“We provide group homes, Alhambra Houses, that house and quarter six to eight intellectually disabled children or young adults,” Reid told CNA July 11. “We provide the seed money for these group homes.”

The order supports eight such homes across the U.S.

In the past year, the order has given out $110,000 in scholarships to college juniors or seniors pursuing a career of teaching special education children or young adults.

The organization also preserves Catholic heritage through identifying and supporting Catholic historical places, events and people.

The Order of Alhambra uses themes and styles based on Moorish Spain and the Near East. Its name comes from Spain’s palace of Alhambra, where the Moors surrendered to the Spanish monarchy in 1492 after 800 years of occupation.

Alhambran regalia includes a white fez, a type of hat popular among Turks before the 20th century.

The order was founded in Brooklyn, New York, in 1904 and is now headquartered in Baltimore. Today it has almost 2,300 members in the U.S. and Canada, with over 150 joining in the past year. Over 100 of its members are Catholic clergy.

Pope John Paul II was a notable member of the organization.

Membership is open to practicing Catholic men and women aged 18 and over. The organization opened to women in 2011 and there are presently 66 women members.

The order has 55 local divisions, called “caravans,” with a new caravan set to launch later this year in Longueuil, Quebec. Members are most numerous in Texas, Michigan and Maryland.

Reid said that anyone interested in supporting the intellectually disabled by joining a caravan or starting a caravan in a region without one should contact the Alhambrans. The group’s website is www.orderalhambra.org.

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Vatican freezes funds of suspended accountant

Vatican City, Jul 12, 2013 (CNA/EWTN News) - The Vatican announced it has frozen the funds of a senior accountant who is accused of laundering money through the so-called Vatican bank.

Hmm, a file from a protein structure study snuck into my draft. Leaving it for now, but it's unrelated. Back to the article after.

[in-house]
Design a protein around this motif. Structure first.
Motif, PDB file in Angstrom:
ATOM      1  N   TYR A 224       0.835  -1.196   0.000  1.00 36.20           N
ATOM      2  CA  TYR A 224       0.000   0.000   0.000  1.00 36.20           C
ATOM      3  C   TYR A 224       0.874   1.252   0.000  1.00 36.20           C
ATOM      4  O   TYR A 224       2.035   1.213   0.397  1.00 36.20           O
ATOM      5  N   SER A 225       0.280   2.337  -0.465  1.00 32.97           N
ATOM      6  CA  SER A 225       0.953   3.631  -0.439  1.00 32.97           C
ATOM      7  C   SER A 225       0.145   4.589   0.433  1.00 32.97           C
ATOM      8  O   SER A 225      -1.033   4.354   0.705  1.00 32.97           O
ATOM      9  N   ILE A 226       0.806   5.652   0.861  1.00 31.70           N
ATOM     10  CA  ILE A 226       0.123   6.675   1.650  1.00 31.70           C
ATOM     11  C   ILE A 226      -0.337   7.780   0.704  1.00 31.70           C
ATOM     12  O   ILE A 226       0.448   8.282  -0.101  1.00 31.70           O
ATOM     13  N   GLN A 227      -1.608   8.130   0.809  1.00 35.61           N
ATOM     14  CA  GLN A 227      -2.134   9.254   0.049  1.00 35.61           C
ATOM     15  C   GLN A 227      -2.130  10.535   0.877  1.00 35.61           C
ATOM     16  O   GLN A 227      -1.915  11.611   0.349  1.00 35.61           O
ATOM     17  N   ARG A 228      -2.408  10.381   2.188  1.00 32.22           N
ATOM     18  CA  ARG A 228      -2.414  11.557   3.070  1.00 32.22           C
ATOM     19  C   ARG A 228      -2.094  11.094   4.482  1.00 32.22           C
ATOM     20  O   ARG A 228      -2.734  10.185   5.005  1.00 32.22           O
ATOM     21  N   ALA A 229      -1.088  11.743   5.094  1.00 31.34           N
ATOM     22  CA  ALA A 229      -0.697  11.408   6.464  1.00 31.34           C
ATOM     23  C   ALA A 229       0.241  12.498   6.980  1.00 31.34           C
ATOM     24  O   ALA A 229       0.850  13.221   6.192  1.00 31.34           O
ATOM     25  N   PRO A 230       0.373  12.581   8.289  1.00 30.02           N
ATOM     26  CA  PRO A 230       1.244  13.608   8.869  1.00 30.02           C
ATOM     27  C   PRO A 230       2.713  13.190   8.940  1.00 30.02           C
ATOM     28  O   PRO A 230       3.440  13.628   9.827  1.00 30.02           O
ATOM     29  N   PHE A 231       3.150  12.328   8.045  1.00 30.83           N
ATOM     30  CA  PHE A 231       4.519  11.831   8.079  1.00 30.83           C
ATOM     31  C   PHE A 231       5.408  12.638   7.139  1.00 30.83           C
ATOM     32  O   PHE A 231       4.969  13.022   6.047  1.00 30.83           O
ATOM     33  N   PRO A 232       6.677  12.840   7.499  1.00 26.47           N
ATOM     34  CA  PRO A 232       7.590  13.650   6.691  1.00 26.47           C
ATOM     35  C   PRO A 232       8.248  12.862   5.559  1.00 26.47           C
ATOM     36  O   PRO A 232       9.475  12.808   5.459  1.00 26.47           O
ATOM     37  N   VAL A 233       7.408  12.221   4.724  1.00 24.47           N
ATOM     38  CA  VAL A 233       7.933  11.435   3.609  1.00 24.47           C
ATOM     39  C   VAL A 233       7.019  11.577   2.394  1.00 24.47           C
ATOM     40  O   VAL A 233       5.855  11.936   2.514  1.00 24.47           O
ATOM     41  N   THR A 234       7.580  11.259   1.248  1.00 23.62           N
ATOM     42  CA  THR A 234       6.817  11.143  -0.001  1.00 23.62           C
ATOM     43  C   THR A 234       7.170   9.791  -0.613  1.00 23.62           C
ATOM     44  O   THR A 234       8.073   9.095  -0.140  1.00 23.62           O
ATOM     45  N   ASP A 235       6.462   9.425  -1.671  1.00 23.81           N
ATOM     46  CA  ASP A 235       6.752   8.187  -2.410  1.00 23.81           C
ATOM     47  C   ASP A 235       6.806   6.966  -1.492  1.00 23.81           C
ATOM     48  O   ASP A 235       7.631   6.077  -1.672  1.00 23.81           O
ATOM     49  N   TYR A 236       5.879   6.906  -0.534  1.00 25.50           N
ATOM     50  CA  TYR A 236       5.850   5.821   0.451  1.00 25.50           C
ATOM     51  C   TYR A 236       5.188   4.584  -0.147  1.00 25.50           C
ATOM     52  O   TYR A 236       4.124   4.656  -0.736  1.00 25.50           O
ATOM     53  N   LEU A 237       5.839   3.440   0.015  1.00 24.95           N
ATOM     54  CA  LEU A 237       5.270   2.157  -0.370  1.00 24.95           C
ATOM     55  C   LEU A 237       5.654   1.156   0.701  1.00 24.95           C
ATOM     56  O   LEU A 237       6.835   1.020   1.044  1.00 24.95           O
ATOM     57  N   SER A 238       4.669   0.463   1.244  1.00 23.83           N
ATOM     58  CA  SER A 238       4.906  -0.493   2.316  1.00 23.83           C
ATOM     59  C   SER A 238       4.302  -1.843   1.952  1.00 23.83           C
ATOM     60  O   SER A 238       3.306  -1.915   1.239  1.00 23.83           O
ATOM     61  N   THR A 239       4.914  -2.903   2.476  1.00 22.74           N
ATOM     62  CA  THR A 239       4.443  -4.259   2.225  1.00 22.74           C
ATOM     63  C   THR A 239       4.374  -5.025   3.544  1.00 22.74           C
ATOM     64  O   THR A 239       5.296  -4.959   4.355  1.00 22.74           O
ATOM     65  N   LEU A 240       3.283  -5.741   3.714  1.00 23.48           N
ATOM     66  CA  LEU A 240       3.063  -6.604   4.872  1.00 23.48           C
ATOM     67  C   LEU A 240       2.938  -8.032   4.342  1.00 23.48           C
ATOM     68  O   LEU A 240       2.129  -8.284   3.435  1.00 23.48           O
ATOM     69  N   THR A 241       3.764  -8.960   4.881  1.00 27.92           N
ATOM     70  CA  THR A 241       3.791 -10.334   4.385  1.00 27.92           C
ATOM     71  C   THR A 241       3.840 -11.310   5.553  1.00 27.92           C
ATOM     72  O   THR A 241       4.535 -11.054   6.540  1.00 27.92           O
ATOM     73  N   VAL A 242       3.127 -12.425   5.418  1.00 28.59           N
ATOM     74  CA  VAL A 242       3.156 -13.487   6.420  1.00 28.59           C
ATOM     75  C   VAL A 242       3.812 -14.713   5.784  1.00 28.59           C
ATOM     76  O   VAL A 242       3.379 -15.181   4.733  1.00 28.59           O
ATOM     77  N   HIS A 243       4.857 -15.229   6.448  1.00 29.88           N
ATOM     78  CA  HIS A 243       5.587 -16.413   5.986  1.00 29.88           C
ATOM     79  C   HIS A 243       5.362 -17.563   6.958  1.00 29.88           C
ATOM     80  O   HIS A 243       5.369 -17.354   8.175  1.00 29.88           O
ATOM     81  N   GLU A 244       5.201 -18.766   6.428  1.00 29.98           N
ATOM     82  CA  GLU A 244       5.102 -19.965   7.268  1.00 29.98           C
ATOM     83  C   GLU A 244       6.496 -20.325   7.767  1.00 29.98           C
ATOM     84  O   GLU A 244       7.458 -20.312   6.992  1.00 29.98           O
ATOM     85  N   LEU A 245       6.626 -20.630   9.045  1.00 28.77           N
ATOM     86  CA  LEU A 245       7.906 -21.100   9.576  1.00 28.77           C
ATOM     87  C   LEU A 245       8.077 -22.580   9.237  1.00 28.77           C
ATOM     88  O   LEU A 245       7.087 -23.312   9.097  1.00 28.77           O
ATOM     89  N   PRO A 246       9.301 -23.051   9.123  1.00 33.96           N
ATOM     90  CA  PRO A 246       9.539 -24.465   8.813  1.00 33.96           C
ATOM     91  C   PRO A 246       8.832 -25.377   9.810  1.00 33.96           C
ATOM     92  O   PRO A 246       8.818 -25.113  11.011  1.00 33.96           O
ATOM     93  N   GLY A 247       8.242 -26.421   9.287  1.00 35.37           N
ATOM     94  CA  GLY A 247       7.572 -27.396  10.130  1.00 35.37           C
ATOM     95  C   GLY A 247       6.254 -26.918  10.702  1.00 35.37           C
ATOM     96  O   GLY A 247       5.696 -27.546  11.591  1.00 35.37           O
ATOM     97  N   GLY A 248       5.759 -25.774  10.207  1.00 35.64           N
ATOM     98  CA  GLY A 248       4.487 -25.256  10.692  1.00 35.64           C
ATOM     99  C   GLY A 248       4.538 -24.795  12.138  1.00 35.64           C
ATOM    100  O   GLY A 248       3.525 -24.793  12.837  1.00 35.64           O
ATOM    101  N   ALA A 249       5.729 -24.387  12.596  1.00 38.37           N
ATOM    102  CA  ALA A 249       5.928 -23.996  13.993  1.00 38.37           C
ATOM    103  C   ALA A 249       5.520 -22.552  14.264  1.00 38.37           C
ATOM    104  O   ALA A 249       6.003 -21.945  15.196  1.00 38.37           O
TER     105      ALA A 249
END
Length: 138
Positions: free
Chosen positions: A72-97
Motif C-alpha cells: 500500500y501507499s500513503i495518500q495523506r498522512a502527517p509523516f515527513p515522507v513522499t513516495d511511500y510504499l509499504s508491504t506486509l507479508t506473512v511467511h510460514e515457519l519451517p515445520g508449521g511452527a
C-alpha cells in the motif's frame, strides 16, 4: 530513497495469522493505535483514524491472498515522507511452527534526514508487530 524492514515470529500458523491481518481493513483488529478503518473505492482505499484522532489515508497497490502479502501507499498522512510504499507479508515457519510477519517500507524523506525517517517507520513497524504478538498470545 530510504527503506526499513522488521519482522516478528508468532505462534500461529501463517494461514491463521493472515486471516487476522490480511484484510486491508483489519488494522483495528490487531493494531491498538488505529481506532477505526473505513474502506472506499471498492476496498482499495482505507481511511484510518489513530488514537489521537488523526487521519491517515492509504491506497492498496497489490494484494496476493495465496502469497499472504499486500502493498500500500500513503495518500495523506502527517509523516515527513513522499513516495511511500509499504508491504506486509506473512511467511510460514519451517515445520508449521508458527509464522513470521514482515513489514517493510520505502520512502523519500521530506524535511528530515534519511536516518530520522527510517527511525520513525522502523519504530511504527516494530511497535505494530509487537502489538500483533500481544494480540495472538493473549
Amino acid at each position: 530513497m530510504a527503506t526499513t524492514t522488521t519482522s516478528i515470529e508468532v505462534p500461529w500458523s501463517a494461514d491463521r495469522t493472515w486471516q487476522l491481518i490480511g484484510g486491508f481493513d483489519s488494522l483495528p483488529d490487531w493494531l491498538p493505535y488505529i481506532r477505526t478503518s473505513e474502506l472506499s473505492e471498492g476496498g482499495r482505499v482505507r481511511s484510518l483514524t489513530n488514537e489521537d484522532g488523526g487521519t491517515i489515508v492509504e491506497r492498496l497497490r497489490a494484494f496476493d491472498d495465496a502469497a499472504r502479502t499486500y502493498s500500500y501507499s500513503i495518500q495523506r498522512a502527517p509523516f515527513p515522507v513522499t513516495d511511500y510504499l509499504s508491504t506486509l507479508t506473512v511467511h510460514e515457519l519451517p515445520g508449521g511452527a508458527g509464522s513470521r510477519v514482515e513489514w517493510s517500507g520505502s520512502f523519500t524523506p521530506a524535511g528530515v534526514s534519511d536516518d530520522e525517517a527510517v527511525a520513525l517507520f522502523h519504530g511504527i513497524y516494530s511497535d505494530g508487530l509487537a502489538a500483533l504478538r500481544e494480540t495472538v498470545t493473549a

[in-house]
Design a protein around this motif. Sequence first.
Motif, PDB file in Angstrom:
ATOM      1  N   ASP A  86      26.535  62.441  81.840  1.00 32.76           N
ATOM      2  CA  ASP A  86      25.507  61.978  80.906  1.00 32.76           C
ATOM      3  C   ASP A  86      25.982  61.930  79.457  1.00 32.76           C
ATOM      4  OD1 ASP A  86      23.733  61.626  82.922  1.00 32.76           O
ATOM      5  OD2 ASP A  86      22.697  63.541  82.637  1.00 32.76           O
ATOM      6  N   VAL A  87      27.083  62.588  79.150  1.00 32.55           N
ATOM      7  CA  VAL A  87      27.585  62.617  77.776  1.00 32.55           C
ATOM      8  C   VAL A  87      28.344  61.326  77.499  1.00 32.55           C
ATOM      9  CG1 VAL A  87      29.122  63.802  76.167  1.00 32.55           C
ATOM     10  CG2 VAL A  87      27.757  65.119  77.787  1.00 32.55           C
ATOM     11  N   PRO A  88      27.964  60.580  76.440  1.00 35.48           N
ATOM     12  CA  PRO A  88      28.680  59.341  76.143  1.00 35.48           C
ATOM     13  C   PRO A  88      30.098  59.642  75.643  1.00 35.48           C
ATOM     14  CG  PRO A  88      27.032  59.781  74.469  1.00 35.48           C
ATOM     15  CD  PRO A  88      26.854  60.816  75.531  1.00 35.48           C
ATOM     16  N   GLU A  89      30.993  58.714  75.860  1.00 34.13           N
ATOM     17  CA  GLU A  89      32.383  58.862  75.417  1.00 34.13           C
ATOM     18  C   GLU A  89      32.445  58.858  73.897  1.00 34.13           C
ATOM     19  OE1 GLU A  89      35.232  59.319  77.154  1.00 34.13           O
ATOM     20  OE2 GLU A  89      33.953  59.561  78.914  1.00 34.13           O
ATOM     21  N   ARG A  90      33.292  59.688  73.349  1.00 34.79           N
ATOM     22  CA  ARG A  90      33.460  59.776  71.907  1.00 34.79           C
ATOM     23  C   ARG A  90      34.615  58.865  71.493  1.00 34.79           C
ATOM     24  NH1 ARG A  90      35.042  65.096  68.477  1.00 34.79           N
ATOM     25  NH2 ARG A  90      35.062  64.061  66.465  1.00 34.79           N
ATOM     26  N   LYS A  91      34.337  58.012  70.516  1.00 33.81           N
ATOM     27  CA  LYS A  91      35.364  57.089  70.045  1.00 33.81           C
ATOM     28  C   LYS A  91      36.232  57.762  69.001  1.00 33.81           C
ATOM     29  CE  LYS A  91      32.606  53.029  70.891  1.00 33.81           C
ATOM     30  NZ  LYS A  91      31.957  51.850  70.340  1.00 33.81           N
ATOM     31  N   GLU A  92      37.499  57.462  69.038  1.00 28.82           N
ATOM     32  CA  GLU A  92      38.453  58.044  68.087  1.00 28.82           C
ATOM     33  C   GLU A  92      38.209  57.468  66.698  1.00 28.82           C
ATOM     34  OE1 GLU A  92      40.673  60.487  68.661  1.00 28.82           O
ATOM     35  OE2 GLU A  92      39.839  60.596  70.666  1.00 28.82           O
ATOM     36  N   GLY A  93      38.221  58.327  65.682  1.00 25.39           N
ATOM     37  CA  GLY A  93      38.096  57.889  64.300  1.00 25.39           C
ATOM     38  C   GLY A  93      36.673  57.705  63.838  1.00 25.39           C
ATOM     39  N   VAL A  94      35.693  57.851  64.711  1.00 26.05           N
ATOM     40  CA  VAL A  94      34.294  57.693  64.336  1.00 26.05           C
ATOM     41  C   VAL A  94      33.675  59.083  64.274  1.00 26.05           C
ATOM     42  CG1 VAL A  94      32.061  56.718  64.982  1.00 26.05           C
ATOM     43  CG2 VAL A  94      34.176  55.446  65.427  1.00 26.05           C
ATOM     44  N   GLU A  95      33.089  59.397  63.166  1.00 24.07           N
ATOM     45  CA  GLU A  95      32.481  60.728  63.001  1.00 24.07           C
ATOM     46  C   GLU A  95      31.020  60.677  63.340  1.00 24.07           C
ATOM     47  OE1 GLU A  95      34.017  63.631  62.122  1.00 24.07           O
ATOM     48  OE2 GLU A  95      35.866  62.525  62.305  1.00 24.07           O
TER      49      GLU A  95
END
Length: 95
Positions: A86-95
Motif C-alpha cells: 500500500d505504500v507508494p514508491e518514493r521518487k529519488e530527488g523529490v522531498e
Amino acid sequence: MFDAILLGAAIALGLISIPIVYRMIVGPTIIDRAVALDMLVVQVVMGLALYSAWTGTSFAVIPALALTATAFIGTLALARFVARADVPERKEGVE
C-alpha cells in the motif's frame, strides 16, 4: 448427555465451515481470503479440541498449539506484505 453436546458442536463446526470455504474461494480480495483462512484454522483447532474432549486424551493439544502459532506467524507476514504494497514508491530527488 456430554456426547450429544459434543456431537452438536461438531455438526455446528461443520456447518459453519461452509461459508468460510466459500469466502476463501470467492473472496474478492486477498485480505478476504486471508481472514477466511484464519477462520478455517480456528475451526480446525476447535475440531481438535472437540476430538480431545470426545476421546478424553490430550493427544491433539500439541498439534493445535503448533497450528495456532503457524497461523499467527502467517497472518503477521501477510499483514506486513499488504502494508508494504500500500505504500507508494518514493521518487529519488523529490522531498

“By court order on the 9th of July, the Vatican Promoter of Justice has frozen funds at the IOR attributed to suspended Vatican employee Nunzio Scarano as part of an ongoing investigation by the Vatican judicial authorities,” Vatican spokesman Father Federico Lombardi said July 11.

Fr. Lombardi also revealed that the bank, officially called the Institute for Religious Works, has hired the Promontory Financial Group to conduct “an objective review” of the “facts and circumstances of the accounts in question,” as well as “all client relationships and the anti-money-laundering procedures it has in place.”

Promontory will be the second outside firm brought into scrutinize the Vatican’s finances, since its books are audited by Price Waterhouse Coopers each year.

The investigation into Monsignor Nunzio Scarano, a senior accountant for the Administration of the Patrimony of the Apostolic See, was triggered by several suspicious transaction reports filed with the Vatican’s Financial Information Authority and it could be extended to additional individuals.

The case in question involved Msgr. Scarano allegedly trying to move 20 million Euros – $26 million U.S. Dollars – from Switzerland into Italy via the Institute for Religious Works.

Msgr. Scarano was arrested by the Italian police on June 28, along with Giovanni Maria Zito, an Italian secret service agent, and Giovanni Carenzio, a financial broker, just days after Pope Francis created a commission of inquiry into the Institute’s activities and legal status.

The Institute has been working since May 2013 at revamping its structure and procedures, and recently hired Antonio Montaresi as its Chief Risk and Compliance Officer. It has also been collaborating since March 2012 with the Council of Europe’s anti-money laundering group MONEYVAL to ensure its compliance with international norms in that realm.